“Du” vs. “Dich”

A real life chat log of today:

[13:33] Birger: 今日暑天

[13:37] Friend: wowowow

[15:40] Friend: ich mag kochen 😀

[15:52] Friend: dich mag nicht chicken feet

[15:52] Friend: 😉

[15:59] Birger: 🙂

[16:01] Birger: Unfortunately, our Grammar is more complex…without good reason, as I apparently understood you well. But correct would be:

“Du magst Hühner-Füße nicht.” oder, besser, “Du magst keine Hühner-Füße.”

[16:02] Birger: Ill-thinking people could, based on “dich”, interpret it the other way round: “Chicken feet do not like you” 😉

[16:15] Friend: u mean dich mag nicht chicken feet=Chicken feet do not like you?

[17:01] Birger: I mean: Can be interpreted as such. It’s not a correct sentence.

[17:01] Birger: But the form “dich” is used to express, TO WHOM something happens (so-called accusative case).

[17:01] Birger: While “du” is used to express, WHO DOES something.

[17:02] Birger: (nominative case)

[17:04] Birger: The Chinese language regulates that (to my knowledge) mostly with the position in the sentence:

Wo xihuan Chicken-feet [“du” case]


Chicken-feet xihuan Wo [“dich” case]

Wow, that’s Birger-grammar

[17:04] Birger: 😉

[17:06] Birger: Well, I just noticed I left out a few bu’s (不) here…

[17:07] Birger: And should have replaced wo with ni….well, I still need to practice Chinese a bit…

[17:07] Birger:

Ni bu xihuan Chicken-feet [“du” case]

Chicken-feet bu xihuan ni [“dich” case]

[17:09] Friend: Ich mag dich gramma

[17:10] Friend: Du gramma sounds interesting

[17:12] Friend: oh, should i replace mag with magst?

[17:22] Birger: No, was correct:

“Ich mag”

“Du magst”

“Er/sie/es mag”

“Wir mögen”

“Ihr mögt”

“Sie mögen”


But “Deine Grammatik”, instead of “Du Grammar” 😉

[17:23] Birger: Ah, maybe I got what you thought wrong….

[17:23] Friend: german magst complicated lauguage

[17:24] Birger: You can say:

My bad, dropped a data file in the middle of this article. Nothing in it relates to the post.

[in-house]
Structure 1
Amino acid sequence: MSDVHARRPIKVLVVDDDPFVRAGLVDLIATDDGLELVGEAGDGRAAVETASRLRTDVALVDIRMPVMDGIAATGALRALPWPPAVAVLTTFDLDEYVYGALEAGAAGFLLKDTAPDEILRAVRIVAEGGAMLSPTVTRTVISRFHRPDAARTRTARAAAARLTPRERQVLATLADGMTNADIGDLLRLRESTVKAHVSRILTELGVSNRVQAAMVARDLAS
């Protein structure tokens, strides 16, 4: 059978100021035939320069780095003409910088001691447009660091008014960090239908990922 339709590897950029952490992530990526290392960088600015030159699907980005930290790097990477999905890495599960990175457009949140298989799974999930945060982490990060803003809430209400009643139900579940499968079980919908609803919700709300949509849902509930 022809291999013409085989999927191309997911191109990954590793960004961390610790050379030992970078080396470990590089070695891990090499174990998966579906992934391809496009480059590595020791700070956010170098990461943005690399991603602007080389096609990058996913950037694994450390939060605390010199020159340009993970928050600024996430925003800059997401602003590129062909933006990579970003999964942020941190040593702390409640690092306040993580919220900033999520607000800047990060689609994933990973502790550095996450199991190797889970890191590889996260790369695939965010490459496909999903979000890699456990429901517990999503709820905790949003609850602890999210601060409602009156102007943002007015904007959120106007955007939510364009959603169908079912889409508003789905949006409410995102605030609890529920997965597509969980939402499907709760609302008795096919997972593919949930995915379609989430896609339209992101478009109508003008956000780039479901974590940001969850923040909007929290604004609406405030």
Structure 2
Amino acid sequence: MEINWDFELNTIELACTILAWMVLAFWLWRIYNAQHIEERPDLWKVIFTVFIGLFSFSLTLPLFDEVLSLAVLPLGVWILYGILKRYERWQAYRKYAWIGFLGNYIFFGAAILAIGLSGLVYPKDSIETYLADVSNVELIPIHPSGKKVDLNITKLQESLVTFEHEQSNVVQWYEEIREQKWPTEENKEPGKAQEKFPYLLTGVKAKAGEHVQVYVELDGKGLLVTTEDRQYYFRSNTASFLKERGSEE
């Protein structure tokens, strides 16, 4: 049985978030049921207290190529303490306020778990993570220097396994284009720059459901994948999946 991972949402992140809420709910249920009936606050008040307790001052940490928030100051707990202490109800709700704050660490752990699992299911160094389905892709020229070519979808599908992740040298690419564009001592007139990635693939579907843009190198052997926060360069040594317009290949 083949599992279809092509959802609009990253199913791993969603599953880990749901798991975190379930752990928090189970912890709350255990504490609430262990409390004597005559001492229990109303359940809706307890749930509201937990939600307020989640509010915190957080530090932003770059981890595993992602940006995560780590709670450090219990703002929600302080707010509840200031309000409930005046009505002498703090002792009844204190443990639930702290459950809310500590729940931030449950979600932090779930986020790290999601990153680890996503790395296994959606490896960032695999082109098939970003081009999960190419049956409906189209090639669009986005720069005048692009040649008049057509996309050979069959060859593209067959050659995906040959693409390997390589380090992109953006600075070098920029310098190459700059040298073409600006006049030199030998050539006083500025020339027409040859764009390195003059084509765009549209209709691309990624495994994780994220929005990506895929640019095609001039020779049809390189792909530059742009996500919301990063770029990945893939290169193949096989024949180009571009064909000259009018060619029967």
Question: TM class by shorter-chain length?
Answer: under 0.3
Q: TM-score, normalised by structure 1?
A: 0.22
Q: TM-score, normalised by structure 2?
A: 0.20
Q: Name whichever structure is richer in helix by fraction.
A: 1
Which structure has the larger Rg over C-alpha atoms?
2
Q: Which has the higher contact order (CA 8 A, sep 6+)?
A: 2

“Ich mag dich.”

“Du magst mich”


“Ich mag deine Grammatik”

[17:25] Birger: German IS a complicated language when you come from Chinese and English.

It’s simple if you come from, hm, Latin, Russian, or some other easter European languages

[17:26] Friend: ok, can’t change that

[17:26] Friend: but ich mag german, du magst chinese?

[17:26] Birger: genau!

[17:28] Friend: but i am not sure whether german mag mir, or chinese magst dir 😉

[17:29] Birger: well, me neither…

[17:30] Friend: hehe

Added 10-Oct: Ja/Nein

[17:51] Friend: ich bin serious!!

[17:52] Birger: Du meinst das ernst?

[17:54] Friend: genau!

[17:55] Friend: ich meine

[17:55] Birger: That’s again a very Chinese way of saying ‘Yes’. 😉

[17:56] Friend: warrum?

[18:01] Birger: Chinese sentence structure (sorry don’t get that in Chinese now that quicky):

question: 你去上海吗? Ni qu Shanghai ma?

Anwer: 我去! Wo qu!


Q: You’re going to Shanghai?

A: Yes. […I will go]

german the same:

Q: Du gehst nach Shanghai?

A: Ja. […ich werde gehen]

We answer primaril with Ja/Nein. The additional part […I will go] is optional.

Chinese, however, usually repeats the verb like you just did.

[18:02] Friend: got it

[18:03] Birger: We westerners struggle quite a bit with the fact that the Chinese language has no simple “Yes” or “No”! 😉

[18:03] Friend: ahh??!!

[18:06] Birger: Probably closest comes 是 / 不是. But it would be the wrong answer above:

question: 你去上海吗? Ni qu Shanghai ma?

answer: 是! Shi!

(according to my books that’s wrong, or at least unexpected)

Categories: Shanghai

Originally Created: 09/19/2005 12:39:54 PM
Last Edited: 10/10/2005